The curator shrugged. "I suppose age is not important. Anyway, you seem to have an excellent reputation as a detective. I understand you've solved a number of cases.
"A fair number," Nancy replied, looking squarely into Nelson Stone's deep-set brown eyes.
"Very well then," he said, guiding Nancy past a display of Babylonian vases. Nearby, a teacher was leading a tour of chattering schoolchildren. "Let's go to my office," Mr. Stone said. "I'll show you the letter."
Nancy followed the curator into the Egyptian section, which was lined with huge bronze statues of Egyptian pharaohs. "The museum certainly has an interesting collection," Nancy remarked as they passed a glass case filled with ancient Egyptian jewelry.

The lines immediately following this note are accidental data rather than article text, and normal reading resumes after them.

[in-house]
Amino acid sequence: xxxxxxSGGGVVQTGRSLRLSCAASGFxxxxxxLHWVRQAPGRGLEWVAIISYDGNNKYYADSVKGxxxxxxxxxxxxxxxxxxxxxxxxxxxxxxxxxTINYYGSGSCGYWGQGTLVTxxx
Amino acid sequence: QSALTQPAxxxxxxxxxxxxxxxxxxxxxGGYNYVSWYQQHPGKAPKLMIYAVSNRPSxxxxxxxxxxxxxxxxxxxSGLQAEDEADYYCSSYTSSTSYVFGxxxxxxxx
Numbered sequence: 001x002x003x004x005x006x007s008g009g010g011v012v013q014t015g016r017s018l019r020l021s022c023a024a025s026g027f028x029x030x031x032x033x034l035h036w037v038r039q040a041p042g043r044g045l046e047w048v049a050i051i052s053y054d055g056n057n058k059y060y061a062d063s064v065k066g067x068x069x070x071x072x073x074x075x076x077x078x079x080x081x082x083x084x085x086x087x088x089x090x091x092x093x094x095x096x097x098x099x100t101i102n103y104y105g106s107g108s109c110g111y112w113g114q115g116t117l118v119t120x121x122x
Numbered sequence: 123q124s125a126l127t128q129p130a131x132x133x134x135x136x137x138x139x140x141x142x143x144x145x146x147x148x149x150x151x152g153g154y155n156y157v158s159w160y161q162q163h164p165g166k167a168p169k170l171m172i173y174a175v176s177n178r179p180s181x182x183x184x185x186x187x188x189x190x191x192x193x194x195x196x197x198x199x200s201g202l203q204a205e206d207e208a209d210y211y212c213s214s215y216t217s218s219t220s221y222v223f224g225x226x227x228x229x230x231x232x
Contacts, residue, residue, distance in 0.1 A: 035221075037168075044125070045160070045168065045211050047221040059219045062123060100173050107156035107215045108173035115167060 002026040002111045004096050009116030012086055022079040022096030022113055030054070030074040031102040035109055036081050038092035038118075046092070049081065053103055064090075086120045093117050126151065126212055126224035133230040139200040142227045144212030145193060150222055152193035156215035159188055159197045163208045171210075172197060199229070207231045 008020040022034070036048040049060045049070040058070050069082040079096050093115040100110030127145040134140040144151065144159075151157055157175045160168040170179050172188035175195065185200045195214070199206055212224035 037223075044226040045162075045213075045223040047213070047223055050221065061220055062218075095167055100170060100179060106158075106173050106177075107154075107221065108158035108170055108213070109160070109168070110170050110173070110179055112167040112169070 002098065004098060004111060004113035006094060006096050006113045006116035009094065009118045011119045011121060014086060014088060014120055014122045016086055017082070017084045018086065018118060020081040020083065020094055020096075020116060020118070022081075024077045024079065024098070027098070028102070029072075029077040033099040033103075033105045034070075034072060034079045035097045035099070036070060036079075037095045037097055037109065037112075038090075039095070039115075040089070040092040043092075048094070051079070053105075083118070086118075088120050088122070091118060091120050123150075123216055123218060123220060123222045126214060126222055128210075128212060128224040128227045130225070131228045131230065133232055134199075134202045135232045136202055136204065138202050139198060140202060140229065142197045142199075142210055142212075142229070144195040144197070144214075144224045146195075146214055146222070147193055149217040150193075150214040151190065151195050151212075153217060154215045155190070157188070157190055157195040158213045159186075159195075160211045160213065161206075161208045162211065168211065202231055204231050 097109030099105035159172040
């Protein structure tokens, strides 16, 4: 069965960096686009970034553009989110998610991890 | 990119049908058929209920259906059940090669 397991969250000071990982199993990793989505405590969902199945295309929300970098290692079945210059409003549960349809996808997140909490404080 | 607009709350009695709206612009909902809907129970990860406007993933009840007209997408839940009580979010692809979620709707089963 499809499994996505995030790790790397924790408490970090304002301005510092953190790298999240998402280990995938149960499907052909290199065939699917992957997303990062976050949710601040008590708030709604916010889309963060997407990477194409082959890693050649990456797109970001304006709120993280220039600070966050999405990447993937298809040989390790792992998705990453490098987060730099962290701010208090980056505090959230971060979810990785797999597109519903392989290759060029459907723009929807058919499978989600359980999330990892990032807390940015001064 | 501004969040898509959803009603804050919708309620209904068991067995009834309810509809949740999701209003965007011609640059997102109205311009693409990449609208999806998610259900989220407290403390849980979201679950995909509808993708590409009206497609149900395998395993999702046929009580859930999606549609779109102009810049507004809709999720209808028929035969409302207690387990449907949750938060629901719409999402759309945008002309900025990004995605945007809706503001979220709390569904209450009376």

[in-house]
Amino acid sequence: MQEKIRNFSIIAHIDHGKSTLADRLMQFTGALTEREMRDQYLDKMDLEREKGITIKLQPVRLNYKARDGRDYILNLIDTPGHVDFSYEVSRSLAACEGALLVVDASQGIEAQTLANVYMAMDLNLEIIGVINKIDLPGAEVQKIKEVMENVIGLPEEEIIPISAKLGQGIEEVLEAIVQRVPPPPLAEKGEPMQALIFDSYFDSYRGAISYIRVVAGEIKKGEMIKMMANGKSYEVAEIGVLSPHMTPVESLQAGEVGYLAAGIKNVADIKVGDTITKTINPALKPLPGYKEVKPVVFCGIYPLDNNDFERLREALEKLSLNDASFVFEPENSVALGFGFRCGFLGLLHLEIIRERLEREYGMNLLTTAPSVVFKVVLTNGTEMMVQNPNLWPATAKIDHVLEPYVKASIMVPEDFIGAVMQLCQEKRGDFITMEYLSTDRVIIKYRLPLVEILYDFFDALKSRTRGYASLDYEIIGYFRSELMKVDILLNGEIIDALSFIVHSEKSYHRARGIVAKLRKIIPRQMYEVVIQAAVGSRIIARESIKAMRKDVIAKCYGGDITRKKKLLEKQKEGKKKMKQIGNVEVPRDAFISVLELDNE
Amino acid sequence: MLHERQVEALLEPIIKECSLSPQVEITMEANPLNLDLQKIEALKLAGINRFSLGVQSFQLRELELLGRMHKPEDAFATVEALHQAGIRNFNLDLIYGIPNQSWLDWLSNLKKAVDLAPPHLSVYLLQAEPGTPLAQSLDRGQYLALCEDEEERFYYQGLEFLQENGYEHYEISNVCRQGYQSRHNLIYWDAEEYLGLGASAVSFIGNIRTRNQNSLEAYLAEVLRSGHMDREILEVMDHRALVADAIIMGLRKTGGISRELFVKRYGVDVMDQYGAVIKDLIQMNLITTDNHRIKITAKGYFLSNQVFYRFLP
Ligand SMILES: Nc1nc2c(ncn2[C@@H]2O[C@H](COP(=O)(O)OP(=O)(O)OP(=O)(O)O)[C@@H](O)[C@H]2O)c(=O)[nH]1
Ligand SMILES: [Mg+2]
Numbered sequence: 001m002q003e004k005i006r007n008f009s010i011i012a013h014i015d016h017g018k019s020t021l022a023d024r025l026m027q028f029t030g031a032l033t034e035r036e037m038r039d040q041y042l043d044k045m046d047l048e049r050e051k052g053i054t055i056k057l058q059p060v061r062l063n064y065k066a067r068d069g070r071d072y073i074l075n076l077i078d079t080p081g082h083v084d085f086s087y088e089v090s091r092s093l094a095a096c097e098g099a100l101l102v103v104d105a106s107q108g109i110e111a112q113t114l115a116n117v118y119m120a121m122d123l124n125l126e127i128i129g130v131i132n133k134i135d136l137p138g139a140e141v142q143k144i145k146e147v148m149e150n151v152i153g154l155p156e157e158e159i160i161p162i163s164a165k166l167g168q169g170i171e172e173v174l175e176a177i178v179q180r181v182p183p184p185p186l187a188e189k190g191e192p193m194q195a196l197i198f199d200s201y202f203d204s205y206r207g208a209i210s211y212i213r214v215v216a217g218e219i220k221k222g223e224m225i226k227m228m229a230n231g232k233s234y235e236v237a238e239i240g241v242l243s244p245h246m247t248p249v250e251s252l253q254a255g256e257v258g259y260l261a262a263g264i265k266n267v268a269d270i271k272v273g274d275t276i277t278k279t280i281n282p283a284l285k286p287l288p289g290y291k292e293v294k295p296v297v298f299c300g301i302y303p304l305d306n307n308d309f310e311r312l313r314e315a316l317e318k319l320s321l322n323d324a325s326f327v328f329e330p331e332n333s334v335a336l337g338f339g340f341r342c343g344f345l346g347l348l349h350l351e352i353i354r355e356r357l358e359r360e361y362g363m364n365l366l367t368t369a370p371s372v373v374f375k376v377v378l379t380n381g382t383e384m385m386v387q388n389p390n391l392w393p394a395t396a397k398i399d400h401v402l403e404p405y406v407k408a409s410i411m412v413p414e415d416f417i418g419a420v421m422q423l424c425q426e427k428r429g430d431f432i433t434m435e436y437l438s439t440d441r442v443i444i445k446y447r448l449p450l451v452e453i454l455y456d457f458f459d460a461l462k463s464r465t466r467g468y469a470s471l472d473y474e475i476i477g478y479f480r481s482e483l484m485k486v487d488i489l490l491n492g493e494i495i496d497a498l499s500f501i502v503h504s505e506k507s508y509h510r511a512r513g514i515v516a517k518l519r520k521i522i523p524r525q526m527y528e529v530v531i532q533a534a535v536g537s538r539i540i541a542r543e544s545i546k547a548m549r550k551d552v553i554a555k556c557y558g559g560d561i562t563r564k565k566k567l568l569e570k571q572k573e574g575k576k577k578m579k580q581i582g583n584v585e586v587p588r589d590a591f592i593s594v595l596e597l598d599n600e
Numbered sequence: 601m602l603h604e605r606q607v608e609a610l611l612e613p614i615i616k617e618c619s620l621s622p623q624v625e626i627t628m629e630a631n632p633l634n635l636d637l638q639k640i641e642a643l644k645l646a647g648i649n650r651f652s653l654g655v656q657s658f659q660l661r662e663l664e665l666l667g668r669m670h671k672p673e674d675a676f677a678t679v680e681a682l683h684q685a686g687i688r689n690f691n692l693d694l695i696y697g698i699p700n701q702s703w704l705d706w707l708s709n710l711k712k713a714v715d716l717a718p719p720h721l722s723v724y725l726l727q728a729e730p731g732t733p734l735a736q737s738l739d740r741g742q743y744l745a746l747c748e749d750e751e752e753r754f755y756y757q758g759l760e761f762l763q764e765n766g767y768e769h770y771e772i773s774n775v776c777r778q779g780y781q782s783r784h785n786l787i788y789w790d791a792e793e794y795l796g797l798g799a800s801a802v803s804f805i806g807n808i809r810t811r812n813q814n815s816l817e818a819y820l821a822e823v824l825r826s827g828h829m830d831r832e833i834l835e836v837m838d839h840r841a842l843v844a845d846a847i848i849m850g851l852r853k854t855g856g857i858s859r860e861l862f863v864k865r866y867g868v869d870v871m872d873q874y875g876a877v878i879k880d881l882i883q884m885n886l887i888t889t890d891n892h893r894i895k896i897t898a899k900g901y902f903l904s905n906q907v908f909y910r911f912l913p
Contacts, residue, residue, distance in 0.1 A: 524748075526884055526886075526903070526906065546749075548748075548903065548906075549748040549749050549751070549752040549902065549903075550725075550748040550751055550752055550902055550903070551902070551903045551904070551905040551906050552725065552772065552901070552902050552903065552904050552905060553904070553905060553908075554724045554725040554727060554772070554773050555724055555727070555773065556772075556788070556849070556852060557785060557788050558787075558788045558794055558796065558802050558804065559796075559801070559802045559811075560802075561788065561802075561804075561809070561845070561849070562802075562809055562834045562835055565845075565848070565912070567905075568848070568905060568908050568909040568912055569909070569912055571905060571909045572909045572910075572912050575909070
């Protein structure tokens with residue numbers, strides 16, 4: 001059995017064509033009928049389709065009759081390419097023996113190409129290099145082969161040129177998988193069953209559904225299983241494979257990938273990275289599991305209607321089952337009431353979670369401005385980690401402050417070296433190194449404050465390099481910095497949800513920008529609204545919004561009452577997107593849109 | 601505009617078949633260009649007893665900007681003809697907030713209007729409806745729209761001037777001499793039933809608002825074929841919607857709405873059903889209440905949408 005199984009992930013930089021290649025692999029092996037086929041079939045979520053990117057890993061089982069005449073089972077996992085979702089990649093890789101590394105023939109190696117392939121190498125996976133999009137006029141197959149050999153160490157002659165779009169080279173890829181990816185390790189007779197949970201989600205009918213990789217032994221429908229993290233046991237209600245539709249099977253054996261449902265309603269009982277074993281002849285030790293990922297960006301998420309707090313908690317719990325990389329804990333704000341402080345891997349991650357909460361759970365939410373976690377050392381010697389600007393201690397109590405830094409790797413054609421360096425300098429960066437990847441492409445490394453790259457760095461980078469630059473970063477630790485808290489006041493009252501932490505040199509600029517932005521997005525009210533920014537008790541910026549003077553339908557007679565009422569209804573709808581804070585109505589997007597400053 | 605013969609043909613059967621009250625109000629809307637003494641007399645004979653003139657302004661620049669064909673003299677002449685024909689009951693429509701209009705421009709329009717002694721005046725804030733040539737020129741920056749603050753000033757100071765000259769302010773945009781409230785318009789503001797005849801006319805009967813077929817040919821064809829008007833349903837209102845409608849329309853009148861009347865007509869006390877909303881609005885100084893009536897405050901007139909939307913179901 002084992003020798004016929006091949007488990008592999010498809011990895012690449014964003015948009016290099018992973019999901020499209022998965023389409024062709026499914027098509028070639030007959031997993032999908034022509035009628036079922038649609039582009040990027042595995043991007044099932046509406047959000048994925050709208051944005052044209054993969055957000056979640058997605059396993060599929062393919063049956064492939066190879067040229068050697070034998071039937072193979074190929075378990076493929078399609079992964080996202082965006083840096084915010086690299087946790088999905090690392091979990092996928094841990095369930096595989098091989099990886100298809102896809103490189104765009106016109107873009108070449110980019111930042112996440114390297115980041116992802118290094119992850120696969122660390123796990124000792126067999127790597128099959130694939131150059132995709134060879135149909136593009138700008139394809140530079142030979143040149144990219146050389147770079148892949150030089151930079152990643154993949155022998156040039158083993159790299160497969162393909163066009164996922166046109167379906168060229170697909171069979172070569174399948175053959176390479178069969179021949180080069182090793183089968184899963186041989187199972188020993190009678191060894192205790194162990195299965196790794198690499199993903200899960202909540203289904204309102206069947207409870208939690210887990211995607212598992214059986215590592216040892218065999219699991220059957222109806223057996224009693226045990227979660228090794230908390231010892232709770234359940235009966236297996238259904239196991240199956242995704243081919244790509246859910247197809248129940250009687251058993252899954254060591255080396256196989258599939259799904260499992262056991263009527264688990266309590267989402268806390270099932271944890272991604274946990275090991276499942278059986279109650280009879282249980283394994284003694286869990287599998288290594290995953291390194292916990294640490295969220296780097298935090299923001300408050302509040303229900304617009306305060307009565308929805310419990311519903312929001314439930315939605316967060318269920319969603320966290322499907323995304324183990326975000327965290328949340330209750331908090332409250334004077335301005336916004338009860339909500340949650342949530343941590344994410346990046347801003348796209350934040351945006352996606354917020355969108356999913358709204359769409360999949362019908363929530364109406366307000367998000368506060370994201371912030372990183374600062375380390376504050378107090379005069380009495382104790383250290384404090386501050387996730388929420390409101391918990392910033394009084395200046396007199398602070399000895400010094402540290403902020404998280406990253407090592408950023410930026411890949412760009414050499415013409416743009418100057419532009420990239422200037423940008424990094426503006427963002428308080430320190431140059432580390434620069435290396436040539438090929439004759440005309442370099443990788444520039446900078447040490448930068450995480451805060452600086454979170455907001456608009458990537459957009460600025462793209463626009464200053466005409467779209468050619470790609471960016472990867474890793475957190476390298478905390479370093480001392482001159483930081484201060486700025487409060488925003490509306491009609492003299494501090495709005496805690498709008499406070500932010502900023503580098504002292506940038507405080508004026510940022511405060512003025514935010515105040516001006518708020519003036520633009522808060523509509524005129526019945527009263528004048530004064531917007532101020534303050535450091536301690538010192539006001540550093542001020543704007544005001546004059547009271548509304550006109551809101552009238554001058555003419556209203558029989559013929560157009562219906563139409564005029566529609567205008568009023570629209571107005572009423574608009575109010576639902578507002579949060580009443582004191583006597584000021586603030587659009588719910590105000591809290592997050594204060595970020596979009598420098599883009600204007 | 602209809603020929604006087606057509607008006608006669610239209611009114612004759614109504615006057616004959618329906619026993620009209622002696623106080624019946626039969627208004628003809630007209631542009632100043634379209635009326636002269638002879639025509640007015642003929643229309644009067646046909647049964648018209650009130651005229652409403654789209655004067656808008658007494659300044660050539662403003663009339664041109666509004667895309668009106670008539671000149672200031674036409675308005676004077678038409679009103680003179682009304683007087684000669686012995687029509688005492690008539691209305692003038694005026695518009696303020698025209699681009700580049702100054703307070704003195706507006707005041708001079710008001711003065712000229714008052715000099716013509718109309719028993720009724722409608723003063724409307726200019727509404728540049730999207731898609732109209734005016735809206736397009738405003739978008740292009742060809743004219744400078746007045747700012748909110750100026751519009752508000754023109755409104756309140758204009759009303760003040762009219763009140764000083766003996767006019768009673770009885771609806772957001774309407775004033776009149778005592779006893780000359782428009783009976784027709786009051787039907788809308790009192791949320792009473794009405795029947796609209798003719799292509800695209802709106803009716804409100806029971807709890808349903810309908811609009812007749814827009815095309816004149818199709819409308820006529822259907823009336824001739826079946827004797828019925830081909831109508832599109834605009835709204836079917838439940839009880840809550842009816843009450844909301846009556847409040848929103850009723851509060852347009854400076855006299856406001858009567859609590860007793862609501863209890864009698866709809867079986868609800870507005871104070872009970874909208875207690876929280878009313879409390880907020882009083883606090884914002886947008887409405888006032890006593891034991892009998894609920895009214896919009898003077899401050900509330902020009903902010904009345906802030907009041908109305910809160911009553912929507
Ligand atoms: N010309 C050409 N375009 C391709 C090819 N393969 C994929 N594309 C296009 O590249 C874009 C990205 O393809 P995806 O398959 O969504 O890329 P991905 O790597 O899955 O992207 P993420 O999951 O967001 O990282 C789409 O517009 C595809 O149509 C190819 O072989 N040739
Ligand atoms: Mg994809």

"Most of these artifacts are on loan from other museums," Mr. Stone explained. "Though we are very proud of our permanent collection," he added quickly as they passed under a marble archway into the next room. "Especially our most recent acquisition, the Golden Horse."
A shaft of sunlight streamed through the stained-glass window as they entered the Tibetan section, a small room filled with Buddhist artifacts. Nancy's eyes were immediately drawn to a small golden statue of a horse, displayed in a glass case in the center of the room.
"It's magnificent!" Nancy stepped forward to admire the Golden Horse. The statue was no more than twelve inches high, made from the same burnished gold as the other artifacts in the room. With its prancing stance, the horse looked as if it were about to jump out of the case.
"It's also very valuable," Nelson Stone told her. "The museum has just bought it for a little over a million dollars."
"It must be very old," Nancy commented.
"Indeed it is," the curator said, stooping down to the floor panel beneath the case.
Nancy watched as he slid back a false panel and flicked a switch.